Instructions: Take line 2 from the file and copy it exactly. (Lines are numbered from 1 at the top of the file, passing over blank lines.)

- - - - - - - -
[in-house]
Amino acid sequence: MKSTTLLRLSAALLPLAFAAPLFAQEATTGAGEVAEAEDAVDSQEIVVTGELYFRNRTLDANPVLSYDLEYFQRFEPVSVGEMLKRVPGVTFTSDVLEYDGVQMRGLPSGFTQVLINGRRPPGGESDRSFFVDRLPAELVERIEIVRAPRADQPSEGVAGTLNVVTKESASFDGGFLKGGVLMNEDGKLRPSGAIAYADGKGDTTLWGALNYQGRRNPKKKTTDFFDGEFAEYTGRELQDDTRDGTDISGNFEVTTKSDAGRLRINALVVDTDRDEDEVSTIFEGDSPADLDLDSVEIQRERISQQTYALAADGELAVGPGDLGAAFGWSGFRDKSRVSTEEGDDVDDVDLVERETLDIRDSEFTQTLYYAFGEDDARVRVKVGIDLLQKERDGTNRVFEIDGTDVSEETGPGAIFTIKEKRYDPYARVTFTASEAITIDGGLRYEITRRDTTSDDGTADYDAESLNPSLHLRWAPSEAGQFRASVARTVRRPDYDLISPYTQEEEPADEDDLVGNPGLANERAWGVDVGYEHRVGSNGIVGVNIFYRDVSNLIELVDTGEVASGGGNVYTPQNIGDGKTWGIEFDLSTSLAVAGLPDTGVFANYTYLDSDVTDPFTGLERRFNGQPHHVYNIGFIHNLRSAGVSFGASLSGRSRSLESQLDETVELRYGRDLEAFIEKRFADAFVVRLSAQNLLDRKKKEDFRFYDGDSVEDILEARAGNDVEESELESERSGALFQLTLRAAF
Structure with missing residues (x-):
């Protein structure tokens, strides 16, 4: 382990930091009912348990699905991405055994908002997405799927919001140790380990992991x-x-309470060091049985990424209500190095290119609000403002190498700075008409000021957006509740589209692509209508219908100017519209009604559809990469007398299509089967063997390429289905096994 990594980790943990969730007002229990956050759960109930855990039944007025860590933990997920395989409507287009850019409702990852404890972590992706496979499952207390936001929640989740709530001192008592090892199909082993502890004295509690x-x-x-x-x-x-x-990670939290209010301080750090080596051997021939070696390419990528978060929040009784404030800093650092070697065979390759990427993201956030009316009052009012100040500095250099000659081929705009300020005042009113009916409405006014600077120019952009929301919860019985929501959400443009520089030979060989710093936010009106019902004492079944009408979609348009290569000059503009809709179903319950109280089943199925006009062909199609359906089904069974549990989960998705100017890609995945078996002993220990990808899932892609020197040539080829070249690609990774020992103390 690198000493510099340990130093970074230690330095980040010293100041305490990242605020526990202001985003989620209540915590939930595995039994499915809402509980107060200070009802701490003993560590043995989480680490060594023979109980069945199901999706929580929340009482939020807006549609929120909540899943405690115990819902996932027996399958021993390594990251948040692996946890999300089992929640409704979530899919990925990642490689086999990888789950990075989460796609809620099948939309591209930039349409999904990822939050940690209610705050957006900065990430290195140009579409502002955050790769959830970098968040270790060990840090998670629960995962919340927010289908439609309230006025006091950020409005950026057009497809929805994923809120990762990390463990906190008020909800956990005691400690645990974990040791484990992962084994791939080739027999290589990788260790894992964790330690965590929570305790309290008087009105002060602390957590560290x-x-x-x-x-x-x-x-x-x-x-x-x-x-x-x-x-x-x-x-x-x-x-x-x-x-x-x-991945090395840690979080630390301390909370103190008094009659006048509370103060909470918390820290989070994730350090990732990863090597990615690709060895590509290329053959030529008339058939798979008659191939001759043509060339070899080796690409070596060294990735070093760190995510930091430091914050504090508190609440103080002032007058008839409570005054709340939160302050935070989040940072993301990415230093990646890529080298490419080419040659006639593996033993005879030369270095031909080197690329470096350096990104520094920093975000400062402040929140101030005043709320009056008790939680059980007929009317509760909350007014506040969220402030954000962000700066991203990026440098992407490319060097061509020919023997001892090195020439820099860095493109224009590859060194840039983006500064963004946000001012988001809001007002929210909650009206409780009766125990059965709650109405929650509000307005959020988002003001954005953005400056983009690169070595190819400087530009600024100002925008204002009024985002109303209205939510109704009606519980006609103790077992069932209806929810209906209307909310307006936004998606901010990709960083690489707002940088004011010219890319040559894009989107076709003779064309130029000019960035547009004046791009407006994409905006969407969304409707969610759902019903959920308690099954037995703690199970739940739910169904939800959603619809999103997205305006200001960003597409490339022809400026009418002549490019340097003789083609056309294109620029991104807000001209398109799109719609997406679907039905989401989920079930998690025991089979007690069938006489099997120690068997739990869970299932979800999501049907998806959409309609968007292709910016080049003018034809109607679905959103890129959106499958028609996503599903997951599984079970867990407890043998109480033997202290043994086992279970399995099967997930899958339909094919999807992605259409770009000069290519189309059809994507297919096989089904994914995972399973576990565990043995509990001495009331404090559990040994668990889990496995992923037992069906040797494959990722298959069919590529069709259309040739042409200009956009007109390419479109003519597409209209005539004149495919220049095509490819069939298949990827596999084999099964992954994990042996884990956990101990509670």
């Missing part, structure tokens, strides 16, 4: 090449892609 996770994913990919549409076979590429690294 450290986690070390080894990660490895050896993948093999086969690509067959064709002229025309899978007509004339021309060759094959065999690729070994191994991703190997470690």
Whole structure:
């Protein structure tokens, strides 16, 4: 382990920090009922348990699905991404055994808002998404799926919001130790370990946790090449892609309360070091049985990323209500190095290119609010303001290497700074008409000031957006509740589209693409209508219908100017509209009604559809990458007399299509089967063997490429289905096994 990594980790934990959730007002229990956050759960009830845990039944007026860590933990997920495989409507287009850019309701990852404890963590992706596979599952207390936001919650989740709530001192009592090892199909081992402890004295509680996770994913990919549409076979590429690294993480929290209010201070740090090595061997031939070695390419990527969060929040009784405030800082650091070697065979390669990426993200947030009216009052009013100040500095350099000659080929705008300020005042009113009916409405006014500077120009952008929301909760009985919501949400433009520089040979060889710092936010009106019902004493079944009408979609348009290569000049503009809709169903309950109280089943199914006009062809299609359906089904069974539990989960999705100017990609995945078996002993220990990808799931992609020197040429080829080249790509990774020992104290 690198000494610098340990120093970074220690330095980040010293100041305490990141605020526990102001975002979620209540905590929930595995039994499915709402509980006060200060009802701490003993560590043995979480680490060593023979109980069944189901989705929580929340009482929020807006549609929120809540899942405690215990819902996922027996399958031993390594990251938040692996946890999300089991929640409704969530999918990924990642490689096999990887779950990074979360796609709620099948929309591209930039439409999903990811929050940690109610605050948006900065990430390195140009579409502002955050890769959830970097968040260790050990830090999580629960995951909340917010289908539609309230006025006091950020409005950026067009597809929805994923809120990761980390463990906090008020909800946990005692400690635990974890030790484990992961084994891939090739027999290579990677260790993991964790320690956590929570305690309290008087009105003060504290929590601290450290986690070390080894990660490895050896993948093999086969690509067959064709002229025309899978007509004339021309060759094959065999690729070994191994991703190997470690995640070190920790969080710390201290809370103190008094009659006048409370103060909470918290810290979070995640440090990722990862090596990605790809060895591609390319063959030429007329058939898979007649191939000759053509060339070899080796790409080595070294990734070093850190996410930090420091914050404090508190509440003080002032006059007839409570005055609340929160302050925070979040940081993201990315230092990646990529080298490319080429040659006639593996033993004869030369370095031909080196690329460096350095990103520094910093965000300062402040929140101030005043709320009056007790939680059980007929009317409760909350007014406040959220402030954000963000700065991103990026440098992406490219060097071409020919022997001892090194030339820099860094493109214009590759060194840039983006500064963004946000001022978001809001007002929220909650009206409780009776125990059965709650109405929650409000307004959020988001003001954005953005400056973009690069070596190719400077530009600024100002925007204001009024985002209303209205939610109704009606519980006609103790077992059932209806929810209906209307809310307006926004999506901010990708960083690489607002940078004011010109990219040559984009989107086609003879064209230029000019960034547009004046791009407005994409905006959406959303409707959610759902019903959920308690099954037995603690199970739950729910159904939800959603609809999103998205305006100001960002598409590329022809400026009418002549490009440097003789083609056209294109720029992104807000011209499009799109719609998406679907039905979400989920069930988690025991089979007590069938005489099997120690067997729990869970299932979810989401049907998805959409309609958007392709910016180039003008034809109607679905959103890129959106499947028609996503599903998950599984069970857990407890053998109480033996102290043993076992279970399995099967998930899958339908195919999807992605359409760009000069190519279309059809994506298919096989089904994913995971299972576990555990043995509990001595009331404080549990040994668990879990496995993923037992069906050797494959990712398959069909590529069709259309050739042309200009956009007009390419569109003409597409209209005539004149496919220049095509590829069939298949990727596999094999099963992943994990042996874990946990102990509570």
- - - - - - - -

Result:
Amino acid sequence: MKSTTLLRLSAALLPLAFAAPLFAQEATTGAGEVAEAEDAVDSQEIVVTGELYFRNRTLDANPVLSYDLEYFQRFEPVSVGEMLKRVPGVTFTSDVLEYDGVQMRGLPSGFTQVLINGRRPPGGESDRSFFVDRLPAELVERIEIVRAPRADQPSEGVAGTLNVVTKESASFDGGFLKGGVLMNEDGKLRPSGAIAYADGKGDTTLWGALNYQGRRNPKKKTTDFFDGEFAEYTGRELQDDTRDGTDISGNFEVTTKSDAGRLRINALVVDTDRDEDEVSTIFEGDSPADLDLDSVEIQRERISQQTYALAADGELAVGPGDLGAAFGWSGFRDKSRVSTEEGDDVDDVDLVERETLDIRDSEFTQTLYYAFGEDDARVRVKVGIDLLQKERDGTNRVFEIDGTDVSEETGPGAIFTIKEKRYDPYARVTFTASEAITIDGGLRYEITRRDTTSDDGTADYDAESLNPSLHLRWAPSEAGQFRASVARTVRRPDYDLISPYTQEEEPADEDDLVGNPGLANERAWGVDVGYEHRVGSNGIVGVNIFYRDVSNLIELVDTGEVASGGGNVYTPQNIGDGKTWGIEFDLSTSLAVAGLPDTGVFANYTYLDSDVTDPFTGLERRFNGQPHHVYNIGFIHNLRSAGVSFGASLSGRSRSLESQLDETVELRYGRDLEAFIEKRFADAFVVRLSAQNLLDRKKKEDFRFYDGDSVEDILEARAGNDVEESELESERSGALFQLTLRAAF